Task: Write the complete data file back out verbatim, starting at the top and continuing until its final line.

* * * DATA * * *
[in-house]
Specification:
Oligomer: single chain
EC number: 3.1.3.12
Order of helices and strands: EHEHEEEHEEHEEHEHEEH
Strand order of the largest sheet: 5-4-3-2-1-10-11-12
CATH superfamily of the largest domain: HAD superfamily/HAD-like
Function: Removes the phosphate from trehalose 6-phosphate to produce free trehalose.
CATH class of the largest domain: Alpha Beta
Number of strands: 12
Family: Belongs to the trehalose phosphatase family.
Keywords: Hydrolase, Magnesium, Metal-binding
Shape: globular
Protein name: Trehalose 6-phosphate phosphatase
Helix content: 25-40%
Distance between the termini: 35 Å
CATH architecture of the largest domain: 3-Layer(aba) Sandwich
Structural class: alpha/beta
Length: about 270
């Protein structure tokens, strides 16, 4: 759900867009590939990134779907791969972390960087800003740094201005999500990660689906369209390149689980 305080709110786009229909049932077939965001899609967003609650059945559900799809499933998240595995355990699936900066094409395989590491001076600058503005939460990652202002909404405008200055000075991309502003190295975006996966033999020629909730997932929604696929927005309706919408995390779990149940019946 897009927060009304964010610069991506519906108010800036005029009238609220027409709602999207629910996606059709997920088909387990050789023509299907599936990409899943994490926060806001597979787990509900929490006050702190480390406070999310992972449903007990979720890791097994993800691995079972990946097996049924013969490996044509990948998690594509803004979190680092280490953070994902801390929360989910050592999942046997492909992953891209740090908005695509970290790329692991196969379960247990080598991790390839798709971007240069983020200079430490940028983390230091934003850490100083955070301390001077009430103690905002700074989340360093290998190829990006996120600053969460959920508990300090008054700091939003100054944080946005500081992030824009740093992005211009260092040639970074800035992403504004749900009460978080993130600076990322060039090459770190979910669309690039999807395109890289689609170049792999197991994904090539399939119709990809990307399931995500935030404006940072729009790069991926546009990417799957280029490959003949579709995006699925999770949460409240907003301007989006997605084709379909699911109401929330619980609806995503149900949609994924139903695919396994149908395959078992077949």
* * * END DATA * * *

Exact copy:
[in-house]
Specification:
Oligomer: single chain
EC number: 3.1.3.12
Order of helices and strands: EHEHEEEHEEHEEHEHEEH
Strand order of the largest sheet: 5-4-3-2-1-10-11-12
CATH superfamily of the largest domain: HAD superfamily/HAD-like
Function: Removes the phosphate from trehalose 6-phosphate to produce free trehalose.
CATH class of the largest domain: Alpha Beta
Number of strands: 12
Family: Belongs to the trehalose phosphatase family.
Keywords: Hydrolase, Magnesium, Metal-binding
Shape: globular
Protein name: Trehalose 6-phosphate phosphatase
Helix content: 25-40%
Distance between the termini: 35 Å
CATH architecture of the largest domain: 3-Layer(aba) Sandwich
Structural class: alpha/beta
Length: about 270
């Protein structure tokens, strides 16, 4: 759900867009590939990134779907791969972390960087800003740094201005999500990660689906369209390149689980 305080709110786009229909049932077939965001899609967003609650059945559900799809499933998240595995355990699936900066094409395989590491001076600058503005939460990652202002909404405008200055000075991309502003190295975006996966033999020629909730997932929604696929927005309706919408995390779990149940019946 897009927060009304964010610069991506519906108010800036005029009238609220027409709602999207629910996606059709997920088909387990050789023509299907599936990409899943994490926060806001597979787990509900929490006050702190480390406070999310992972449903007990979720890791097994993800691995079972990946097996049924013969490996044509990948998690594509803004979190680092280490953070994902801390929360989910050592999942046997492909992953891209740090908005695509970290790329692991196969379960247990080598991790390839798709971007240069983020200079430490940028983390230091934003850490100083955070301390001077009430103690905002700074989340360093290998190829990006996120600053969460959920508990300090008054700091939003100054944080946005500081992030824009740093992005211009260092040639970074800035992403504004749900009460978080993130600076990322060039090459770190979910669309690039999807395109890289689609170049792999197991994904090539399939119709990809990307399931995500935030404006940072729009790069991926546009990417799957280029490959003949579709995006699925999770949460409240907003301007989006997605084709379909699911109401929330619980609806995503149900949609994924139903695919396994149908395959078992077949």